Job loyalty appears to be a major reason Britain’s millennials – people who came of age around the millennium – are the first workers since those born in the 1950s to earn less at the start of their careers than the previous generation.
So suggests the Resolution Foundation whose new report finds a significant drop in job-hopping among young people in Britain today.
The finding that millennials had lower job mobility in their mid-20s than the generation before them conflicts with the popular view that they are always on the move. Image: pixabay-1985863
The change began before the financial crisis says the report, which finds people born in the 1980s moved jobs in their mid-20s only half as often as those born a decade earlier.
As the typical pay rise for a young person moving jobs is about 15 percent, such a big reduction in job mobility has a dramatic effect on pay progression.
Financial crisis not the only reason
For over half a century, the pattern in Britain was that successive generations of workers earned considerably more than the generation before them. But that has now come to a halt, and the new report explores the underlying factors.
While the financial crisis played a role, it has also obscured wider trends, says the Foundation.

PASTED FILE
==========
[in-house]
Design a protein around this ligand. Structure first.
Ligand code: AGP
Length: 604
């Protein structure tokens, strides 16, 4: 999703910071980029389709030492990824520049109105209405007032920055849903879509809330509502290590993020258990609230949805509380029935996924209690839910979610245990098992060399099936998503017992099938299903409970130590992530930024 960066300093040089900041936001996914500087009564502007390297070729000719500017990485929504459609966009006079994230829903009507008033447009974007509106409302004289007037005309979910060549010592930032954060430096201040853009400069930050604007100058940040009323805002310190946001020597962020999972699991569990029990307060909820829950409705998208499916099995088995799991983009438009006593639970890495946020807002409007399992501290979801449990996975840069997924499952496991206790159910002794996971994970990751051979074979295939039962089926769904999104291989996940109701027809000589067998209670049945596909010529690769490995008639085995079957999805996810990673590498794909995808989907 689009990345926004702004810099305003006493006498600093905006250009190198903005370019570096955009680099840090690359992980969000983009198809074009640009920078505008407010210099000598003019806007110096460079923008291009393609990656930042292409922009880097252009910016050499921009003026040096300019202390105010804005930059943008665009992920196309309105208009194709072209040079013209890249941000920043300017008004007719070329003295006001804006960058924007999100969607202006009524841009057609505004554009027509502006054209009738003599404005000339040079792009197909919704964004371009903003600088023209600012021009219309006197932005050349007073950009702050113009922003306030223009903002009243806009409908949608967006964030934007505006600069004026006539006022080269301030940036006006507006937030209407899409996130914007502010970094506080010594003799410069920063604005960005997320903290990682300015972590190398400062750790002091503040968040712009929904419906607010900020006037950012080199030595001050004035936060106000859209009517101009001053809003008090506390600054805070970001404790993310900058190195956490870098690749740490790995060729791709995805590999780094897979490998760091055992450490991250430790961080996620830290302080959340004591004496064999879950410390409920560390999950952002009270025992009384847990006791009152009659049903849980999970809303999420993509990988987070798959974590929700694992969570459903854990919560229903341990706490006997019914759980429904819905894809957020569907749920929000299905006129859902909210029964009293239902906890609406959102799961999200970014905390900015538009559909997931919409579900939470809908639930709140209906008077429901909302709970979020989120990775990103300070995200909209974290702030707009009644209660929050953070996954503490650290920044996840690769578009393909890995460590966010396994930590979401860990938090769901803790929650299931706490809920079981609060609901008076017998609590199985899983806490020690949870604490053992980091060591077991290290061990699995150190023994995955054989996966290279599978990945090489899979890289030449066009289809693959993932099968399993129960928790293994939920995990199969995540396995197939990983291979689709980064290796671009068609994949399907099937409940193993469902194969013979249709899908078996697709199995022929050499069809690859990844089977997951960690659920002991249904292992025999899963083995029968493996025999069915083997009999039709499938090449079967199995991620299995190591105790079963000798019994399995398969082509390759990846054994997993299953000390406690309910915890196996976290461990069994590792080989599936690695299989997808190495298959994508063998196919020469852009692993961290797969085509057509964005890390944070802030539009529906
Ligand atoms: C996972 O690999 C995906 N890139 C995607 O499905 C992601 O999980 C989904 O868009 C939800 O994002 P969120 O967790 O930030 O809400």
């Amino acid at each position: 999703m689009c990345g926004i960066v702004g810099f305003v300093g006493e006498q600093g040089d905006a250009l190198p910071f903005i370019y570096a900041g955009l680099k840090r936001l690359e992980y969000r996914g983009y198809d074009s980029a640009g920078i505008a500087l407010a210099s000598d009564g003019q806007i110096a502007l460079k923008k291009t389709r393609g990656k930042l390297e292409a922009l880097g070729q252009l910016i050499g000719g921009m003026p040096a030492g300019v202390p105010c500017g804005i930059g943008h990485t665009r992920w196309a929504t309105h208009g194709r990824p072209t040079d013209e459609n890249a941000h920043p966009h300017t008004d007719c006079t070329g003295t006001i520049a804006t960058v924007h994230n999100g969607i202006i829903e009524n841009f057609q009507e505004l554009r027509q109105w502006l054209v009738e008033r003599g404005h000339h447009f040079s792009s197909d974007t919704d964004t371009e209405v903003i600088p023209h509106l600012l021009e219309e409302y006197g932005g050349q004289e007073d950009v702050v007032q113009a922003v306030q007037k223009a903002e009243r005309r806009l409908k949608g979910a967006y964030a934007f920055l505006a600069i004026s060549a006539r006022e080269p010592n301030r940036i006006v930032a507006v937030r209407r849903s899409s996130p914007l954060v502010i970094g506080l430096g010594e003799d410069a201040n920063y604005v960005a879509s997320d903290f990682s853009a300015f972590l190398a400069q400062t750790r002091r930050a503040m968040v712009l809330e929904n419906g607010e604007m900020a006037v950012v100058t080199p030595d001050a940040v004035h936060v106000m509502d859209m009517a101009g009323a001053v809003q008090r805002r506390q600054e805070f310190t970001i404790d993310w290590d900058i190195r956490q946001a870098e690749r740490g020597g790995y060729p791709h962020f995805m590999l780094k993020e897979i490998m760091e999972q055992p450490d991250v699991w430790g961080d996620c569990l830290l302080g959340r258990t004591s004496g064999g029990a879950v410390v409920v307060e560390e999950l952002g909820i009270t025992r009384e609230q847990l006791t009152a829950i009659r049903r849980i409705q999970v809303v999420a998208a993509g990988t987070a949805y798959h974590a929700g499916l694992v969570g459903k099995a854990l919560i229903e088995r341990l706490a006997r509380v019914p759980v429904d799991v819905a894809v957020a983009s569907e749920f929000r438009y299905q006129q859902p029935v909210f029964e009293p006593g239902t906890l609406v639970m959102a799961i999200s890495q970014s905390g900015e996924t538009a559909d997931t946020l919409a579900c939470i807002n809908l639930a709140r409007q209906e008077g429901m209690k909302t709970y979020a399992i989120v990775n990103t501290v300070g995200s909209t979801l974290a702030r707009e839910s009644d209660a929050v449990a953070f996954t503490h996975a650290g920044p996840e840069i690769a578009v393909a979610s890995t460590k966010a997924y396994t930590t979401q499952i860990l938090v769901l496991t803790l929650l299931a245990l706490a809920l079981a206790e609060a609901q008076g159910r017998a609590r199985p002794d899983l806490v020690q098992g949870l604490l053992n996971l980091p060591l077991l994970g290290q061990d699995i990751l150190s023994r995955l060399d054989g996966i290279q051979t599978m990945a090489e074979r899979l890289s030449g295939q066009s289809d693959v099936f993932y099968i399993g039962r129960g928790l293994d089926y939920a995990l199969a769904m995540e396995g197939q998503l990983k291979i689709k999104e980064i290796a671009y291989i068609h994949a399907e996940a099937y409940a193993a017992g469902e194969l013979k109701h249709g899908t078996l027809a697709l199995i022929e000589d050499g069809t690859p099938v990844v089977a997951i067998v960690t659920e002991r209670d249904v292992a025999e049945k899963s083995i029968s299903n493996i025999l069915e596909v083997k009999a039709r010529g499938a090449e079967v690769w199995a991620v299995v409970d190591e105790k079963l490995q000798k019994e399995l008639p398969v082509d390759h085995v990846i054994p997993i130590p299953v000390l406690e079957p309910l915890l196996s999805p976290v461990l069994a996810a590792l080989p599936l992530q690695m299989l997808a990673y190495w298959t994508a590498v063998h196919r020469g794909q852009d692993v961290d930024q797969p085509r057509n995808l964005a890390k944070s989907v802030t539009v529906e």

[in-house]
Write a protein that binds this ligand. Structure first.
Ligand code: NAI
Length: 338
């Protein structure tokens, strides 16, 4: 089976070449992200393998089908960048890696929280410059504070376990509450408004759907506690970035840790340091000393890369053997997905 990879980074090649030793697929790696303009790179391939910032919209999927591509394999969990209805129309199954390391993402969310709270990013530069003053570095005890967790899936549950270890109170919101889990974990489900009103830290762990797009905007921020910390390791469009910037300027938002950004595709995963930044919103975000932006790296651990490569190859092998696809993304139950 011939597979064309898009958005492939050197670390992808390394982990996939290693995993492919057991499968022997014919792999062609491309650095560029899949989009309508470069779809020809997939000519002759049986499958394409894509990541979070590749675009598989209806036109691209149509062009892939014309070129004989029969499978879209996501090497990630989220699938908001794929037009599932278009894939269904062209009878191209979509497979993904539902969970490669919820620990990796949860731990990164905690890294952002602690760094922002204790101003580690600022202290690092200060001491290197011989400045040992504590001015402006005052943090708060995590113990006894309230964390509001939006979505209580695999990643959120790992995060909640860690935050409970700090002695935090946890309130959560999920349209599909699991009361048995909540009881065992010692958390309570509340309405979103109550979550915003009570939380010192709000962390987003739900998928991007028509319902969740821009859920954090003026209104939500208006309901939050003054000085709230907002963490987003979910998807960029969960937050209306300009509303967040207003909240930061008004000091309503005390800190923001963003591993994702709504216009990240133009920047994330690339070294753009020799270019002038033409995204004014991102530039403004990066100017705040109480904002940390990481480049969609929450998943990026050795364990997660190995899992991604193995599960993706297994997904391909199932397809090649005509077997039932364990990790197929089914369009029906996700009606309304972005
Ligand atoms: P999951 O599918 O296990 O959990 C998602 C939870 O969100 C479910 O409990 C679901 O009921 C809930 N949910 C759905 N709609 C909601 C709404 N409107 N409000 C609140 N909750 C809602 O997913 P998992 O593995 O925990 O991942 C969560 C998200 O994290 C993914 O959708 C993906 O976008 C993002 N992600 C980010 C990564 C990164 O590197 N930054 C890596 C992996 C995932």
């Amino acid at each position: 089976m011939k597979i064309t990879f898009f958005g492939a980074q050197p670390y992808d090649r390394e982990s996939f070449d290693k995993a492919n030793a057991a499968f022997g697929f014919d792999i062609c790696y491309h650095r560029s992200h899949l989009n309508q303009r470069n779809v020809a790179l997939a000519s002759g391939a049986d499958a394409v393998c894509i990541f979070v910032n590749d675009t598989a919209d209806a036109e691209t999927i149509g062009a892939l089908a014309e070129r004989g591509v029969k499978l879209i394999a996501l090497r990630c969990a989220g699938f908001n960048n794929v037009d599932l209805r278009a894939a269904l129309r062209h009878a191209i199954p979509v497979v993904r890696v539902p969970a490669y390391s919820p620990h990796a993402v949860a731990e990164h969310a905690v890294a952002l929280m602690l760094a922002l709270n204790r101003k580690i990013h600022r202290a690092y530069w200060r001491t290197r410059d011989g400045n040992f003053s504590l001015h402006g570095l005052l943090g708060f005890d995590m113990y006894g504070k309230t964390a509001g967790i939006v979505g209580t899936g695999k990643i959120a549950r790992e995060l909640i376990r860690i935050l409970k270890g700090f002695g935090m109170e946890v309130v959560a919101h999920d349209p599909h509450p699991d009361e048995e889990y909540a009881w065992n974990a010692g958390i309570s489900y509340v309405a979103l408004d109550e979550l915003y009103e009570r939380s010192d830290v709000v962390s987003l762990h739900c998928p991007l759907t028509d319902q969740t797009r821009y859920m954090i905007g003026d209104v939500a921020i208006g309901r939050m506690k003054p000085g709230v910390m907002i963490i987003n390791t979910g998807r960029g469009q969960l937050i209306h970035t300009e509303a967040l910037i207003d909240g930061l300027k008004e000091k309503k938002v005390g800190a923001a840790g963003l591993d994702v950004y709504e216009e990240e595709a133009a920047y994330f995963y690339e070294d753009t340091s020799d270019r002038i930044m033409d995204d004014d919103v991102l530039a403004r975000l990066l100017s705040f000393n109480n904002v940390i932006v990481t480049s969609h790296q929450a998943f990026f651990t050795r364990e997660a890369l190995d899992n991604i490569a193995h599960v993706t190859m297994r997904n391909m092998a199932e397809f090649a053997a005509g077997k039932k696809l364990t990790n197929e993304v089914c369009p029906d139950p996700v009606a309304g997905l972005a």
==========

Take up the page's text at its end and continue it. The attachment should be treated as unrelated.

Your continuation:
It suggests that a shift toward low-paying jobs, and the fact employers no longer reward long service with automatic annual pay rises, as two other reasons for millennials’ stunted pay and career growth.
Millennials’ higher tendency to stay put
Falling job mobility has resulted in a rise in job loyalty – increasing proportions of young workers who stay with their employers for longer.
The report notes this tendency to stay put conflicts with the widespread view that millennials are always on the move.
For workers at around age 30, the proportion who have remained with the same employer for 5 years or more is 47 percent for those born in the early 1980s, up from 43 percent for those born only 10 years earlier.
Laura Gardiner, Senior Policy Analyst at the Resolution Foundation, says it is understandable that young people are prioritizing job security in a job market “characterized by rising temporary work and zero-hours contracts.”
“But with the typical pay rise for a job mover in their mid-20s at around 15 per cent, and evidence that employers have essentially stopped rewarding their long-serving staff with real annual pay increases, such job loyalty can be very costly,” she notes.
‘Most highly qualified generation’
Gardiner concludes that millennials may lag the previous generation in terms of pay, but they “are still the most highly qualified generation Britain has ever seen.”
“Making the most of these skills will hold the key to getting Britain’s longstanding social contract that each generation outperforms the last back on track,” she urges.